A clear distinction has emerged between the platforms of President Obama and Governor Romney. It is evident that – from taxes and healthcare through to defence spending and immigration – the two candidates have contrasting visions of how the US should be governed. These differences may be grist to the mill of a partisan news media but what, if anything, do they mean to investors? Should we be poring over the respective merits of the two candidates’ manifestos or focusing our attention elsewhere?
History provides a clue. It suggests that we shouldn’t be too disappointed if events don’t unfold in quite the way that the candidates envisage. Take, for example, the close-run contest between Al Gore and George W Bush in 2000. The two contenders’ manifestos would have told you little about what came next. The issues dominating that campaign were mainly domestic, with much focus on a projected budget surplus. Of course, the first term of President Bush’s presidency was actually defined by foreign policy, by the events of 9/11 and the subsequent war on terror.
Four years later, President Bush and John Kerry spent their debates jousting over foreign policy. But even as the candidates exchanged barbs over Iraq, banks on Wall Street were busy over-extending themselves. This rapid rise in leverage throughout the US financial system wasn’t mentioned by either Bush or Kerry. By the time the electorate returned to the polling booths in 2008, several of the largest financial institutions in the US had gone bust.
Ignore campaign promises
Similarly, foreign policy was the key battleground over which Ronald Reagan and President Carter fought the 1980 election; with the Cold War raging, the one-time actor was propelled into the White House by a perception that Carter had bungled the Iran hostage crisis. And while Reagan made no bones about his enthusiasm for supply-side economics and lower taxes on the campaign trail, few voters could have predicted how important that election would prove to be for the future course of the world economy. Yet it was Reagan’s laissez-faire economic policies that came to define not only his presidency but the go-getting 1980s as a whole.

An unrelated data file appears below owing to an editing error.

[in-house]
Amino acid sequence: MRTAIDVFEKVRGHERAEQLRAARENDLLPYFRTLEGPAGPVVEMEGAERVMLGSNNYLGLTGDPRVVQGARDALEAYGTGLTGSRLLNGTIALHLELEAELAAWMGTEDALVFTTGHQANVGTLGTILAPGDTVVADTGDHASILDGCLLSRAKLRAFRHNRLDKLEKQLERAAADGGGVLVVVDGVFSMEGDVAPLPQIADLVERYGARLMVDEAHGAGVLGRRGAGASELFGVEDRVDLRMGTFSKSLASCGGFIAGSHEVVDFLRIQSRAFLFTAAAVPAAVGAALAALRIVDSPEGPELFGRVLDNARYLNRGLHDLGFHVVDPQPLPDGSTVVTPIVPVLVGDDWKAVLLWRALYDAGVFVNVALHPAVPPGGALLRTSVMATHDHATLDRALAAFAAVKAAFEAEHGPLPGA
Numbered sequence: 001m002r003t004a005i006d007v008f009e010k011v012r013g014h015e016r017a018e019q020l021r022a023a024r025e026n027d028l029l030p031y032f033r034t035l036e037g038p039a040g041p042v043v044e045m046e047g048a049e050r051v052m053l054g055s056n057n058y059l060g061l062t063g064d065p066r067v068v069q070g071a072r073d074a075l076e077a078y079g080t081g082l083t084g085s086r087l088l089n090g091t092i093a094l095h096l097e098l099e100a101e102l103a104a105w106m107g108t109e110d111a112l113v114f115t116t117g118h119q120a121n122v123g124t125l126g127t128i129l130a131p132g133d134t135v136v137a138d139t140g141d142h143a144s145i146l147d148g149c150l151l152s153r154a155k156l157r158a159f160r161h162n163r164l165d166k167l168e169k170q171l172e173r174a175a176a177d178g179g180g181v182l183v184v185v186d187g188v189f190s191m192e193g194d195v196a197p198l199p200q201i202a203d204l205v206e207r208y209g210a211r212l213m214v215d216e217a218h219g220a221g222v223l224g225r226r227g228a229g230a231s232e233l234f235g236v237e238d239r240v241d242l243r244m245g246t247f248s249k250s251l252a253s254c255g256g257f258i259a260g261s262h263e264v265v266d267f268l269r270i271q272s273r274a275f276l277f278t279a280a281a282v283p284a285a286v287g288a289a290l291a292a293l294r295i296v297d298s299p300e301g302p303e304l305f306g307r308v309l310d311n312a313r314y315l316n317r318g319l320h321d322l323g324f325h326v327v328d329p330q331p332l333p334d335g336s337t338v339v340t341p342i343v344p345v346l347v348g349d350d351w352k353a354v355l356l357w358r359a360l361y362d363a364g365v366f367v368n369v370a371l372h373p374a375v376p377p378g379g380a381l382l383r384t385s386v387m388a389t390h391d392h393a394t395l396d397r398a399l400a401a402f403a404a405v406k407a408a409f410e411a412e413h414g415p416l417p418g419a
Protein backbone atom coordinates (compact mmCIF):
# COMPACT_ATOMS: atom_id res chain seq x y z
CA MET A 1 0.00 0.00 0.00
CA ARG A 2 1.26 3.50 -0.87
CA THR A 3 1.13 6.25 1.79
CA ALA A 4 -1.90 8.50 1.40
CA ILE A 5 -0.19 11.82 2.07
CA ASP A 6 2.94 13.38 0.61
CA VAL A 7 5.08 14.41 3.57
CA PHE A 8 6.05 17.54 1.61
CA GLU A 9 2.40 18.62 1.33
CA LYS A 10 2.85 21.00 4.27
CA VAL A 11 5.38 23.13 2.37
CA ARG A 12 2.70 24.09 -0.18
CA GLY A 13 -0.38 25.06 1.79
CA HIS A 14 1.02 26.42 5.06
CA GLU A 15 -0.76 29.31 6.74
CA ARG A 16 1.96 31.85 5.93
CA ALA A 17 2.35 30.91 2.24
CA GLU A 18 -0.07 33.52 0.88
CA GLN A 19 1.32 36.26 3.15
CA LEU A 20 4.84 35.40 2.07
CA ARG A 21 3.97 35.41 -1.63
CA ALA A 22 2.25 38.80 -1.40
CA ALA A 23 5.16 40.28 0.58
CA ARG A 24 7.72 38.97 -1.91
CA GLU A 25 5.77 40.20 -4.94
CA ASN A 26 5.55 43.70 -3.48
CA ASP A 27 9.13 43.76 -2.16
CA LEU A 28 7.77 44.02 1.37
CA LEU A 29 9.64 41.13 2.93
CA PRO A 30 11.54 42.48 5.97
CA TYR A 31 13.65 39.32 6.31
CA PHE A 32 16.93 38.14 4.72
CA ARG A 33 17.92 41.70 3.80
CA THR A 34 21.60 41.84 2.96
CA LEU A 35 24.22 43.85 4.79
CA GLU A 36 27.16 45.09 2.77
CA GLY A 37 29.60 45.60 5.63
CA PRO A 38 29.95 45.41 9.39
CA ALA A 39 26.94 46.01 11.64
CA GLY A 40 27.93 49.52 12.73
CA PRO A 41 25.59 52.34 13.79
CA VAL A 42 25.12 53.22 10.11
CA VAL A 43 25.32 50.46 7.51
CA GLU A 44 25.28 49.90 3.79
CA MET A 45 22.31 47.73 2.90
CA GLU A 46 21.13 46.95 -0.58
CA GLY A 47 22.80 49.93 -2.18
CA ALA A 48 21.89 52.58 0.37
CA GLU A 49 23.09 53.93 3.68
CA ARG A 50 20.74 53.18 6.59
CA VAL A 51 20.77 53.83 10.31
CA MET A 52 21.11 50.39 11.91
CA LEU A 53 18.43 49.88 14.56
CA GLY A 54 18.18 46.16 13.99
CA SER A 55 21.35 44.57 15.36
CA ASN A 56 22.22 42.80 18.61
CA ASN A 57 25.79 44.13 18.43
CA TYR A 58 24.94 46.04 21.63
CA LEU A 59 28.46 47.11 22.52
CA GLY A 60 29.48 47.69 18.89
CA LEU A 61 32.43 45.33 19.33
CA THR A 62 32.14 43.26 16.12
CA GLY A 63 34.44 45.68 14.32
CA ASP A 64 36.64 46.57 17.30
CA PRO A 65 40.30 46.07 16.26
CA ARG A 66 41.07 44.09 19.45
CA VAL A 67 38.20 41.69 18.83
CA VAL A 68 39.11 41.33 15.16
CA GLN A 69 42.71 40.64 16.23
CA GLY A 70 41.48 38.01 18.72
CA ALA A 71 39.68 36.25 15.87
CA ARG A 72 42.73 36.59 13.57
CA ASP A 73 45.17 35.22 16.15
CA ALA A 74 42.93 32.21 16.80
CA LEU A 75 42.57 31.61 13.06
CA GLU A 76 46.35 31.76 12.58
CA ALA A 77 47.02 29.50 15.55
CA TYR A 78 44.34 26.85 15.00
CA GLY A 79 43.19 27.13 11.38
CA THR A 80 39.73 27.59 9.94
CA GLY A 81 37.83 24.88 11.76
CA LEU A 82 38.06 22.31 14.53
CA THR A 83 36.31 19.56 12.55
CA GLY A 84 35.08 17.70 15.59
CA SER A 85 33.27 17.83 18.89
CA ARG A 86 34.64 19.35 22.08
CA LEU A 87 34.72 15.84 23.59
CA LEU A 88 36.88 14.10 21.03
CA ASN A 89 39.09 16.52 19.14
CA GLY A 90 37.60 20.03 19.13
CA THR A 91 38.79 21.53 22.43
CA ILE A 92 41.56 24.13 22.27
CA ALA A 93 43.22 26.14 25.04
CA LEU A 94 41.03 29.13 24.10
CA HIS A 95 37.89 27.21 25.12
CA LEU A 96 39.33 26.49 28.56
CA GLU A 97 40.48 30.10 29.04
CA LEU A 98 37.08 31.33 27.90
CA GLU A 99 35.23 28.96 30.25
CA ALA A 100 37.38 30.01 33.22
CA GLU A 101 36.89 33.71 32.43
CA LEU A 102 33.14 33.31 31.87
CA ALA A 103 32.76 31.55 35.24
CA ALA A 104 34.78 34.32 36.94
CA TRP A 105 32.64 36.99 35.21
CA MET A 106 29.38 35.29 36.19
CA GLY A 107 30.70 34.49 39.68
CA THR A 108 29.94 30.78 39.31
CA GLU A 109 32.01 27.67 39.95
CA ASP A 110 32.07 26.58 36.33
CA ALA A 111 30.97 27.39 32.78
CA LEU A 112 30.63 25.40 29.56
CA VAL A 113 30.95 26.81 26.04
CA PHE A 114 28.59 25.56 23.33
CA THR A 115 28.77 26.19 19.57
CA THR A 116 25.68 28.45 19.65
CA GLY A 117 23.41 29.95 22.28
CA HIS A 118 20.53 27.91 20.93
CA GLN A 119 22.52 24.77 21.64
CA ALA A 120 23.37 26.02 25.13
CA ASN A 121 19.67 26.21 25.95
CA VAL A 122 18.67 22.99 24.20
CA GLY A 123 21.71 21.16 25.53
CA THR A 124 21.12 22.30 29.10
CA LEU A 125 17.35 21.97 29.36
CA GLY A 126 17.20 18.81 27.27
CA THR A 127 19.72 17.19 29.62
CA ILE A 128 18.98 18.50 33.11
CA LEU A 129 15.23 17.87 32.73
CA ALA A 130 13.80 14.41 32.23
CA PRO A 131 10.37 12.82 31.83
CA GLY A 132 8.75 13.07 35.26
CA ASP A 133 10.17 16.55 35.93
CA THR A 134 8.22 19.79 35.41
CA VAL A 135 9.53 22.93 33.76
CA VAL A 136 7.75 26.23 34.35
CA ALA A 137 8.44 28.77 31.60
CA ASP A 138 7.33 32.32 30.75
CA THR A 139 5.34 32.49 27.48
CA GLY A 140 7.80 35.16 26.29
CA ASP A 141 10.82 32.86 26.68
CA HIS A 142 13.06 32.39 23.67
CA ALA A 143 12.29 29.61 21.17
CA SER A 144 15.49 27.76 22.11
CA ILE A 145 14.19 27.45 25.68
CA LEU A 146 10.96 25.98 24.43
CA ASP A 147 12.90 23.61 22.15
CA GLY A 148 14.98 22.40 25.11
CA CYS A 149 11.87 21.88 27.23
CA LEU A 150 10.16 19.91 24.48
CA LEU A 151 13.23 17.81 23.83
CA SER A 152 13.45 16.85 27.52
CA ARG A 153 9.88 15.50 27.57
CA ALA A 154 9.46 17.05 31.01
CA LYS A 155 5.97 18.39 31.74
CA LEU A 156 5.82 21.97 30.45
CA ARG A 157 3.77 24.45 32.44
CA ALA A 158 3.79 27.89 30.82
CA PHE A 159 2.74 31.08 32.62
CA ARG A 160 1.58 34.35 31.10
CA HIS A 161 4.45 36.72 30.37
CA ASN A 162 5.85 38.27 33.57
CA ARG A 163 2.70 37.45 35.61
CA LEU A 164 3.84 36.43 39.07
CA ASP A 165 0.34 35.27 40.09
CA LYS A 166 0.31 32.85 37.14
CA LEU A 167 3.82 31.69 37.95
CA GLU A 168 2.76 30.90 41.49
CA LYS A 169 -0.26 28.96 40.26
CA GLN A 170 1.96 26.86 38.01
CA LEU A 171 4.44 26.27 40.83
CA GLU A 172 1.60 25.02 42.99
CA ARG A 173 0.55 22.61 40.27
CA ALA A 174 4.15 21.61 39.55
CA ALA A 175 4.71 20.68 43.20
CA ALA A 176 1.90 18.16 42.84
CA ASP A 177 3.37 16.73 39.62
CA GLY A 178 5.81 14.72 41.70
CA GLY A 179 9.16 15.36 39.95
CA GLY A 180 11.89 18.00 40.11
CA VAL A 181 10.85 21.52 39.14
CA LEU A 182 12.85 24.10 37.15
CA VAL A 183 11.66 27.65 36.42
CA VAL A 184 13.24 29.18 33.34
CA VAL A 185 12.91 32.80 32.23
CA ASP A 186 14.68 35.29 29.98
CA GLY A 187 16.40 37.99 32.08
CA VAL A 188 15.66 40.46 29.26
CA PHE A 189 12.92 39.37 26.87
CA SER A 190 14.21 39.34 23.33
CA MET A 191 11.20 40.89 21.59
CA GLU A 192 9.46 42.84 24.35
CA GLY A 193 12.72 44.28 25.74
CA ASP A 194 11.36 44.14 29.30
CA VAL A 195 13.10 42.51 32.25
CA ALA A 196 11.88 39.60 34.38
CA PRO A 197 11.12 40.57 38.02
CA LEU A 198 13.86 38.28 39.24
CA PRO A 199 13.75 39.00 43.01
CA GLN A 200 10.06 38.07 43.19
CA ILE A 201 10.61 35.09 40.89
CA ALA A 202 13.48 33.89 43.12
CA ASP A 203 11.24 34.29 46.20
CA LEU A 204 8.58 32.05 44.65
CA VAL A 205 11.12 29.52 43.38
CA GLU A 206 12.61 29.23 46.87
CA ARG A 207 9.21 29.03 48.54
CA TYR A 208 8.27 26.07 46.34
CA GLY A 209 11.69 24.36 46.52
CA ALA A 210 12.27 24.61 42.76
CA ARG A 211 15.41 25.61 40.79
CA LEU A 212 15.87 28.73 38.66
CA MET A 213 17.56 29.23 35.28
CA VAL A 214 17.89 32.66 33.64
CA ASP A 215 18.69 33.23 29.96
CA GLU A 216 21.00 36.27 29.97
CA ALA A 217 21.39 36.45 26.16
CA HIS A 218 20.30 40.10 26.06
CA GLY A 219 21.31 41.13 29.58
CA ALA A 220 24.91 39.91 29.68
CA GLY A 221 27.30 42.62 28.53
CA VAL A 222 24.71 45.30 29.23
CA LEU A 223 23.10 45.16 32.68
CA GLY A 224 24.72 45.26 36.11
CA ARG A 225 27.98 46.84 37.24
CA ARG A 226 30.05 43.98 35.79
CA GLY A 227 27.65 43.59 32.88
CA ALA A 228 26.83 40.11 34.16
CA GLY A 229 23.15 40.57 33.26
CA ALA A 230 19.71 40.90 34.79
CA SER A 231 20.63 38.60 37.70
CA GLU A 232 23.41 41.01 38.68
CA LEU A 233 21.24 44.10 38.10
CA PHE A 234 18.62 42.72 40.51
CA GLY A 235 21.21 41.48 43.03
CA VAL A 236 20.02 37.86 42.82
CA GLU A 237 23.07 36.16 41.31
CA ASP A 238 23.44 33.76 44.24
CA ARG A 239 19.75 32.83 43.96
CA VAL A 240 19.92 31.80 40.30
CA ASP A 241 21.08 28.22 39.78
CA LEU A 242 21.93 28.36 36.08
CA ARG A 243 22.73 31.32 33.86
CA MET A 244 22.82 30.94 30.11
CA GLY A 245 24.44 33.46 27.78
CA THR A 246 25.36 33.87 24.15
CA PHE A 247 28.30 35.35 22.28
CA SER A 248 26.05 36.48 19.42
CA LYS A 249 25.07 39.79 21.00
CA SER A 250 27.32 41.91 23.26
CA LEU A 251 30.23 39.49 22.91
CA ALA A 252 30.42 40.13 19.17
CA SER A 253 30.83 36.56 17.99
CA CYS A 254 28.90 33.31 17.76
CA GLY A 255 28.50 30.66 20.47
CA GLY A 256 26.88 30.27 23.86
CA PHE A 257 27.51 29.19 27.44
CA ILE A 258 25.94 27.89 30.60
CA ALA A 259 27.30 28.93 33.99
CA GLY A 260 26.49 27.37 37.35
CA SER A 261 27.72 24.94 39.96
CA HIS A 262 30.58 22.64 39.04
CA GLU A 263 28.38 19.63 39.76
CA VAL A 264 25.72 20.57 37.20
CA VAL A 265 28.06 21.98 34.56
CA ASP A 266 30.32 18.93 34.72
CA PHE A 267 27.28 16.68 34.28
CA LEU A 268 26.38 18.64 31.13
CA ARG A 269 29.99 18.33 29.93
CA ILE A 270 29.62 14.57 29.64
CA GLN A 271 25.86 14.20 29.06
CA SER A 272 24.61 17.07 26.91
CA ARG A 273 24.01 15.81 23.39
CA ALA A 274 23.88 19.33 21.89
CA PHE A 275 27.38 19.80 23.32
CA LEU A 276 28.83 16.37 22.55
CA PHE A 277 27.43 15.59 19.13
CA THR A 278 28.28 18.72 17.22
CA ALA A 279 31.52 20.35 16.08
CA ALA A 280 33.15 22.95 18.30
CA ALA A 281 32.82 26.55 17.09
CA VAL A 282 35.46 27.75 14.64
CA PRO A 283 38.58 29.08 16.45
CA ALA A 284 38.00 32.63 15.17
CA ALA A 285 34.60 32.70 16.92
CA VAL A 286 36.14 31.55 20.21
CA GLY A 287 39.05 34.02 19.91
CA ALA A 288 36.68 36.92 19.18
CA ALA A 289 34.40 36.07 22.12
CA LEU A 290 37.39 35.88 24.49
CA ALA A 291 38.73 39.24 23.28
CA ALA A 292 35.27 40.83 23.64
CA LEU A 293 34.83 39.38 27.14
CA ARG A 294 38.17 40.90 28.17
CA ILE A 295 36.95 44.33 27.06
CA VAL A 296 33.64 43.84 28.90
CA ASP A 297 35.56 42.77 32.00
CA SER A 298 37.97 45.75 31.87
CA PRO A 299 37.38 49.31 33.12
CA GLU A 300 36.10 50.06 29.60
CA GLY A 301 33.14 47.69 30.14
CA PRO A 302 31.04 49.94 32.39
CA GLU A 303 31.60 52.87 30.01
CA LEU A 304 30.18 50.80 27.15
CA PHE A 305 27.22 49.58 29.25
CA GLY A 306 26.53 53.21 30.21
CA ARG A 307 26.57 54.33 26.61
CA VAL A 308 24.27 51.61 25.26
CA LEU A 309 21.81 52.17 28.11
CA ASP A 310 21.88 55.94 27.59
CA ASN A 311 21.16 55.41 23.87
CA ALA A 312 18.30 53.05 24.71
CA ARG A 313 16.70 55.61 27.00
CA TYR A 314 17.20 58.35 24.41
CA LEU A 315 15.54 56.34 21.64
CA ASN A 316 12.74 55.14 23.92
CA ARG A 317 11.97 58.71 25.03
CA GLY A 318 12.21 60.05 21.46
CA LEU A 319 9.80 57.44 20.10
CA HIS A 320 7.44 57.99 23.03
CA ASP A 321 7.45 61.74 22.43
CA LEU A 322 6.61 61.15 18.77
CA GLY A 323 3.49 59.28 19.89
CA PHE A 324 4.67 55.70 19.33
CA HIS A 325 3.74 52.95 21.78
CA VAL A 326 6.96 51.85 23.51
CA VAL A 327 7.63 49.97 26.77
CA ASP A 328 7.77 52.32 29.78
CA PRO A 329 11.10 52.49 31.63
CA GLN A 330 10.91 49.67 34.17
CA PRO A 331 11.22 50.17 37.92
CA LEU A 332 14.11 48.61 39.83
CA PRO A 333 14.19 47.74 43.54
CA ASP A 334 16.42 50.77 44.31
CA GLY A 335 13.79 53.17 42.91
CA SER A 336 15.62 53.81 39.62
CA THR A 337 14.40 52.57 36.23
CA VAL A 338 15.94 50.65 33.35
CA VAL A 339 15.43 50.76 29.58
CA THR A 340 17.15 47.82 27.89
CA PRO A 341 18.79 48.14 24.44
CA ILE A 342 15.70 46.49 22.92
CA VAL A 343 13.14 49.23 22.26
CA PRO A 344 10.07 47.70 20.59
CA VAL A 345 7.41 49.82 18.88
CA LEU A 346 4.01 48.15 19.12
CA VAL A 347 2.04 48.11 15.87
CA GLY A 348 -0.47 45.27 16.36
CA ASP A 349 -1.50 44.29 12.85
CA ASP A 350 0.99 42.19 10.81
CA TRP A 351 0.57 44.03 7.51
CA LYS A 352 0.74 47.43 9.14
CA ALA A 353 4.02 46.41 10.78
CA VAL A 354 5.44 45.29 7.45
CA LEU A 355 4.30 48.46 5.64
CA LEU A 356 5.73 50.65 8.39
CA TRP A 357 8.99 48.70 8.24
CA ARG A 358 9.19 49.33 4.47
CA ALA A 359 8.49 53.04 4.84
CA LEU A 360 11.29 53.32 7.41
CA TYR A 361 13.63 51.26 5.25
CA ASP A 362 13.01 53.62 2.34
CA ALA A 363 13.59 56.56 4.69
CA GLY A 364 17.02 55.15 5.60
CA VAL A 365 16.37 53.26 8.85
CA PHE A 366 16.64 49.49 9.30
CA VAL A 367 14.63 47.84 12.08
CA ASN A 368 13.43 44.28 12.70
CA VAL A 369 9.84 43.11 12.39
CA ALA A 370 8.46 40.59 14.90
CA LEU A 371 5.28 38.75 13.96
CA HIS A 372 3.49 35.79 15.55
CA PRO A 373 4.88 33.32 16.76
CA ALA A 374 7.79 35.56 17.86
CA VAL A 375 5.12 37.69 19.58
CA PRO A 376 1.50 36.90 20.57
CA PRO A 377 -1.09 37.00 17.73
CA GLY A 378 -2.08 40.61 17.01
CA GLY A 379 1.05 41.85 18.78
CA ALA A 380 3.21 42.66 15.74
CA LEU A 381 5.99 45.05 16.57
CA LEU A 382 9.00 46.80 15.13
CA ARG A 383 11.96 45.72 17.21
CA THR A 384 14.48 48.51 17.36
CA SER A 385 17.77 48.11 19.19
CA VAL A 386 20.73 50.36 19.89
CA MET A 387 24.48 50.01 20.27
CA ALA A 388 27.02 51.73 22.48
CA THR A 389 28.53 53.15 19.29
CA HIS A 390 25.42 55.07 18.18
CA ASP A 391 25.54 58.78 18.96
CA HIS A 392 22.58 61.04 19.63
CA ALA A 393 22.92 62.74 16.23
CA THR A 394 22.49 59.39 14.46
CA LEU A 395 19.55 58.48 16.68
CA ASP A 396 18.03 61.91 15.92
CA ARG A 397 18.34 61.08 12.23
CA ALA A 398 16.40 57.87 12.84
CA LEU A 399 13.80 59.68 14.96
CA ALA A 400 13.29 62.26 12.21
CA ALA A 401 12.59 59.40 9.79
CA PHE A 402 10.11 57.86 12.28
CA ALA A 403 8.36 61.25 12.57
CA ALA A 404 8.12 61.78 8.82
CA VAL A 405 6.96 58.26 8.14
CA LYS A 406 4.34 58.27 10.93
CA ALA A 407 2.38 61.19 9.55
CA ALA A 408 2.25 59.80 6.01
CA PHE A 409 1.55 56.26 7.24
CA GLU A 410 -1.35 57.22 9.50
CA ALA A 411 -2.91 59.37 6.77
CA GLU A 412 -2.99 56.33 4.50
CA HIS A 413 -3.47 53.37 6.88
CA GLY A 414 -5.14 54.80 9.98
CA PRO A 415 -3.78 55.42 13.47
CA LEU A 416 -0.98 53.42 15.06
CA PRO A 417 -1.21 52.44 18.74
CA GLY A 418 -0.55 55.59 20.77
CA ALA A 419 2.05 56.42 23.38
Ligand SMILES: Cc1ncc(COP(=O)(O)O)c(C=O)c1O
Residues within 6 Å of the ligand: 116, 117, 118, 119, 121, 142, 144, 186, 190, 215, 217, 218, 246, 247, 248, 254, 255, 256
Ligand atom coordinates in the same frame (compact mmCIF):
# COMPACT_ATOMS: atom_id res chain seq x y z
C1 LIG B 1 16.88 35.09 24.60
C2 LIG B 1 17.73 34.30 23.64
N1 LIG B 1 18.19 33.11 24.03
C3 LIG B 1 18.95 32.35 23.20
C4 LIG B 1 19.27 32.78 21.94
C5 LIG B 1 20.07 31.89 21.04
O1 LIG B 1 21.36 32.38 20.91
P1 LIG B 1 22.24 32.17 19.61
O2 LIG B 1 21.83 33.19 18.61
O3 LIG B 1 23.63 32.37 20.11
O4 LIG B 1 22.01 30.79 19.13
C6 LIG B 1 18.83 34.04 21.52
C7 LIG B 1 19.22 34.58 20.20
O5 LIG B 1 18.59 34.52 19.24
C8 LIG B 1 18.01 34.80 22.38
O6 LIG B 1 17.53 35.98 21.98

Despite the apparent lack of connection between election campaigns and the administrations that follow, it is hard to resist the temptation to extrapolate from the campaign-trail rhetoric the candidates to their future policies. The fate of the US is of huge importance to us all. For good or ill, it is inconceivable that the rest of the world can decouple from the world’s largest economy.
Recent fund manager surveys have shown that worries about the US fiscal cliff have eclipsed the eurozone crisis as the biggest risk facing the market. But as to the question of whether the current election campaign has anything useful to tell us about how the next administration will shape up? Ask me again in four years’ time.